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Thread: pre '86 SBC 350 Conversion to EFI and cam selection
          
   
   

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  1. #16
    rspears's Avatar
    rspears is offline CHR Member/Contributor Visit my Photo Gallery
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    Car Year, Make, Model: '33 HiBoy Coupe
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    Quote Originally Posted by jerry clayton View Post
    You won't find many mechanical HIGH pressure fuel pumps for street applications-----
    Jerry,
    Edelbrock has the answer for those who have a low pressure system in their under hood universal sump-https://www.edelbrock.com/adjustable-universal-efi-sump-fuel-kit-67gph-35-90-psi-36031.html
    Roger
    Enjoy the little things in life, and you may look back one day and realize that they were really the BIG things.

  2. #17
    seymour6968 is offline CHR Member Visit my Photo Gallery
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    so, I was talking with my Dad, and he said it would be better if the camshaft matched the heads. In what ways is this necessary and in what ways is it not?

  3. #18
    glennsexton's Avatar
    glennsexton is offline CHR Member/Contributor Visit my Photo Gallery
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    Well, your father is right! (You know what they say, “Father knows best….)

    Reading through this thread I have to say that Jerry Clayton’s idea of a late model engine/transmission pull out from a wrecking yard sound like the best and certainly the most cost efficient way to go for you right now. If you’re going to build what you have we need to make the assumption that the short block can seal the cylinder pressure which (as I mentioned in my first post) is questionable on a 40 year old engine. If they are tight, the two most critical components to making horse power and torque are cylinder heads and a camshaft that offers proper valve timing that can take full advantage of what the heads can deliver in terms of air flow. Remember that the internal combustion engine is just a giant air pump and the more efficiently air is moved into and out of the engine the greater the power it will generate.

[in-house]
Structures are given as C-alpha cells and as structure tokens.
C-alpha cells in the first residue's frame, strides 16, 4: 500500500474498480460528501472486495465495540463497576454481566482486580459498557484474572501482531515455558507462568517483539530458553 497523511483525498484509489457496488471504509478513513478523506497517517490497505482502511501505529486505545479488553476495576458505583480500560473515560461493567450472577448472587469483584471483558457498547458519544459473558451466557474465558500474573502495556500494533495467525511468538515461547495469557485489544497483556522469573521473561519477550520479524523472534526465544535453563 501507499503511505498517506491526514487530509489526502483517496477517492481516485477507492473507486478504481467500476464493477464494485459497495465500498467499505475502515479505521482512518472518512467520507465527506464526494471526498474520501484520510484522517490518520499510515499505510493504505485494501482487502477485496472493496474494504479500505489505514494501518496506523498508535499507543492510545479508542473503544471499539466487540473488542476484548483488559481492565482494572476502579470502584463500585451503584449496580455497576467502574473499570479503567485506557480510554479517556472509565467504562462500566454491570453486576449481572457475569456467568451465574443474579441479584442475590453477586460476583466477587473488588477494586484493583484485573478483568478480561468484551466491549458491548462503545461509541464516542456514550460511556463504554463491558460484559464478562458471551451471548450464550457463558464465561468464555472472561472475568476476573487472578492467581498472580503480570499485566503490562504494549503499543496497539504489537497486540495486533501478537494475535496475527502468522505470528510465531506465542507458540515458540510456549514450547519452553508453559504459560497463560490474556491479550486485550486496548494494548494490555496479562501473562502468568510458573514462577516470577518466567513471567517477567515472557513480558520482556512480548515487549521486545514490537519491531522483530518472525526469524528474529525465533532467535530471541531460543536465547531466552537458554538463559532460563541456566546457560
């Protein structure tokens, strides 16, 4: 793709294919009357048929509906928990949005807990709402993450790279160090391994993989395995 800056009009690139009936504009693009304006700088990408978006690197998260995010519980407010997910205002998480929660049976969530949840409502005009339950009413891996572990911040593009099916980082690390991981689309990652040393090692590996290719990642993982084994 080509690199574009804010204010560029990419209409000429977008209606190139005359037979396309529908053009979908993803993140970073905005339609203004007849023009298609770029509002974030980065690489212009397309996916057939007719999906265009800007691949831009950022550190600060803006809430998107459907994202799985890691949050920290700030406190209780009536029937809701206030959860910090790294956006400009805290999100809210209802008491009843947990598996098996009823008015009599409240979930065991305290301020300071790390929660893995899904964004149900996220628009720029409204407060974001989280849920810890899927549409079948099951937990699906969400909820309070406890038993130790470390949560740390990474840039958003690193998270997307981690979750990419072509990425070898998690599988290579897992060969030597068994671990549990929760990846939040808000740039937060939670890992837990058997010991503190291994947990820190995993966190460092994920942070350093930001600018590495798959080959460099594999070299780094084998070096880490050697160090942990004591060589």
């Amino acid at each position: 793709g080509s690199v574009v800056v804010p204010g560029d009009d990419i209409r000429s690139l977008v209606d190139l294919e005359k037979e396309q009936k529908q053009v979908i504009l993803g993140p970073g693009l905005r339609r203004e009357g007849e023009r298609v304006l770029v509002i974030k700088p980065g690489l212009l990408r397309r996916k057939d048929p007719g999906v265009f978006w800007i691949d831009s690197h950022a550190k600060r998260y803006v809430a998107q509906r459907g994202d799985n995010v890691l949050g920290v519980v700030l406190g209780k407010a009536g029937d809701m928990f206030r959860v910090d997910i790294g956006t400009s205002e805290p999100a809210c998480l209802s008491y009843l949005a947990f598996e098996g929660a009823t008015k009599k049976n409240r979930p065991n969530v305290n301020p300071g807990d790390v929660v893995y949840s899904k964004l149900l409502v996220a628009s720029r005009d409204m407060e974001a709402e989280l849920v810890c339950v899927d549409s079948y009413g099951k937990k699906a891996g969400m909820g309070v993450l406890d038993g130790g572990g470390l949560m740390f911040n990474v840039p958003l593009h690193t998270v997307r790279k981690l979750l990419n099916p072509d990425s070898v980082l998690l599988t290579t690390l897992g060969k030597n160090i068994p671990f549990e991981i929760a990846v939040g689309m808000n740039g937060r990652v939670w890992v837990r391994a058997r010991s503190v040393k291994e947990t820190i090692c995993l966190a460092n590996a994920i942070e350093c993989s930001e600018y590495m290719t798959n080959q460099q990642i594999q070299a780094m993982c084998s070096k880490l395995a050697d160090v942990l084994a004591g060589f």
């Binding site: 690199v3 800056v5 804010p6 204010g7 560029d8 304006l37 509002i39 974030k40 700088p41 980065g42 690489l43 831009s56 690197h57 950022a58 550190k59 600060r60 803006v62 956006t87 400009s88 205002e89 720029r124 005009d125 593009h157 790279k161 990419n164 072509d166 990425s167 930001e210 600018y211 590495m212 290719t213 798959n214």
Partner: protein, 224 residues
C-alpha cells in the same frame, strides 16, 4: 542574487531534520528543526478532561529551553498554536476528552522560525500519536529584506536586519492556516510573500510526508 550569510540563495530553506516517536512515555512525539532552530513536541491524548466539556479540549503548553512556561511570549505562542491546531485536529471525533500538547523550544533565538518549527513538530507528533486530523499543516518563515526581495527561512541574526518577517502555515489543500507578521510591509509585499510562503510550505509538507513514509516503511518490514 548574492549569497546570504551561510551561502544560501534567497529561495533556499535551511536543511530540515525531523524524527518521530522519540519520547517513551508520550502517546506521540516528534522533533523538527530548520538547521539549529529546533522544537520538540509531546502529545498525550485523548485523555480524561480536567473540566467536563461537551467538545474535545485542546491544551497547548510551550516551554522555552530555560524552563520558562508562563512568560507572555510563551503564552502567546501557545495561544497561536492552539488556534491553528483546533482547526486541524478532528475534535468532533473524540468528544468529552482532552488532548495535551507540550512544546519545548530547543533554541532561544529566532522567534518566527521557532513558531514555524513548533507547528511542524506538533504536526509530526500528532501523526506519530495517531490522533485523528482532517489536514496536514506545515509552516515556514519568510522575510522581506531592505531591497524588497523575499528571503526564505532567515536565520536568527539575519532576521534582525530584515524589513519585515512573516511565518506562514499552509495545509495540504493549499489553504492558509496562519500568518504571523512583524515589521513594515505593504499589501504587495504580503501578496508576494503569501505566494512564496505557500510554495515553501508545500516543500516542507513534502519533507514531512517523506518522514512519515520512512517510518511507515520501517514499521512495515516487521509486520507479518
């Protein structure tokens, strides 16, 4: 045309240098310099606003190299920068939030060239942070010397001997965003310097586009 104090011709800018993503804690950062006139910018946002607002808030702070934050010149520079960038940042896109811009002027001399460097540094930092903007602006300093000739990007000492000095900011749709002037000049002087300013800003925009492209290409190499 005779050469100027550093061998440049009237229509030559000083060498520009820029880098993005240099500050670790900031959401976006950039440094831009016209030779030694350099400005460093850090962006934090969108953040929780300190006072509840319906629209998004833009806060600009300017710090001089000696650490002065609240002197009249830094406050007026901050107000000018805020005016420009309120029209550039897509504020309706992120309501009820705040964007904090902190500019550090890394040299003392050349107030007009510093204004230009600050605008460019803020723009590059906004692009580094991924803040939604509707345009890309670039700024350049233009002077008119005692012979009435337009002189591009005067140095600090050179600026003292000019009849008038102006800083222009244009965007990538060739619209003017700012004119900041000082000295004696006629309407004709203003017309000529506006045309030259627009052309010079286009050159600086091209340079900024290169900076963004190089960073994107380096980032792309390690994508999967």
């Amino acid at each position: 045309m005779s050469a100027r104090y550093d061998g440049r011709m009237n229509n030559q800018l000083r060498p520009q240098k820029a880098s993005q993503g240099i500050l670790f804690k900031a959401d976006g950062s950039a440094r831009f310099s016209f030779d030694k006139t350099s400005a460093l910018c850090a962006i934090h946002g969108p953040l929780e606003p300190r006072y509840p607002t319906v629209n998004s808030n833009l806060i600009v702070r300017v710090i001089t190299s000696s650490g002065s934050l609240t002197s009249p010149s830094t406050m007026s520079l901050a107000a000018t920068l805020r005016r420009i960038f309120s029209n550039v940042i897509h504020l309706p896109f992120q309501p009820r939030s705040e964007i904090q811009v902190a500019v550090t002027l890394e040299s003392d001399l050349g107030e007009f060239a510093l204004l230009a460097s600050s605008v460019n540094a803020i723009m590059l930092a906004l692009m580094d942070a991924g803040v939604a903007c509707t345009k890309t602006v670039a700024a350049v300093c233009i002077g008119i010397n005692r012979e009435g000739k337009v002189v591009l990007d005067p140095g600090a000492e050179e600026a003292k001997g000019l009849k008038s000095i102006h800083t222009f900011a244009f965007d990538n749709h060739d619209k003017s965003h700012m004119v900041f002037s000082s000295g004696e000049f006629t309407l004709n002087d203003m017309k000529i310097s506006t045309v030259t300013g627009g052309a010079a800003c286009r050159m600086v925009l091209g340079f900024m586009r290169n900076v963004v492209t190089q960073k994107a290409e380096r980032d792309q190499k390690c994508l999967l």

Building a full tilt race engine is, in some ways, easier than a street engine as the race engine builder typically has a large bucket of money (or sponsors with deep pockets) and is building the engine to run at extremely high RPMs for a very short period of time. A dragster reaches more than 300 miles per hour in seconds and they typically redline around 9,500 RPM. Those engines turn 5-600 revolutions from light to light and including a burnout, and only need to survive about 900 revolutions under load. You’ve maybe seen the instances where between races a pit crew under the guidance of the chief mechanic will completely tear down an engine and replace parts that cost tens of thousands of dollars. Well, we don’t do that on street engines so the components must be able to harmonize and run for a long time from idle to 5,500 RPM with the bulk of their operations in the 1,500-3,000 RPM range. As such, camshafts for acceptable street performance need to take full advantage of the heads over a wide range – not just at WOT. So your father’s assertion of matching cam to head is a good one.

    In my opinion, improper cam selection is by far the most common mistake made by novice builders. They all seem to want that “rump-rump” sound thinking it is a sign of a mighty powerful engine when in reality, for street applications it is a disaster and they are spewing raw fuel out the exhaust for 75% of the time as the engine will not see the 6,000 RPMs necessary to take advantage of the aggressive cam profile. Big cams also require different springs and more often than not, machine work on the heads to prevent binding of the valve springs of worse yet, improper valve-to-piston clearance (which will instantly trash an engine).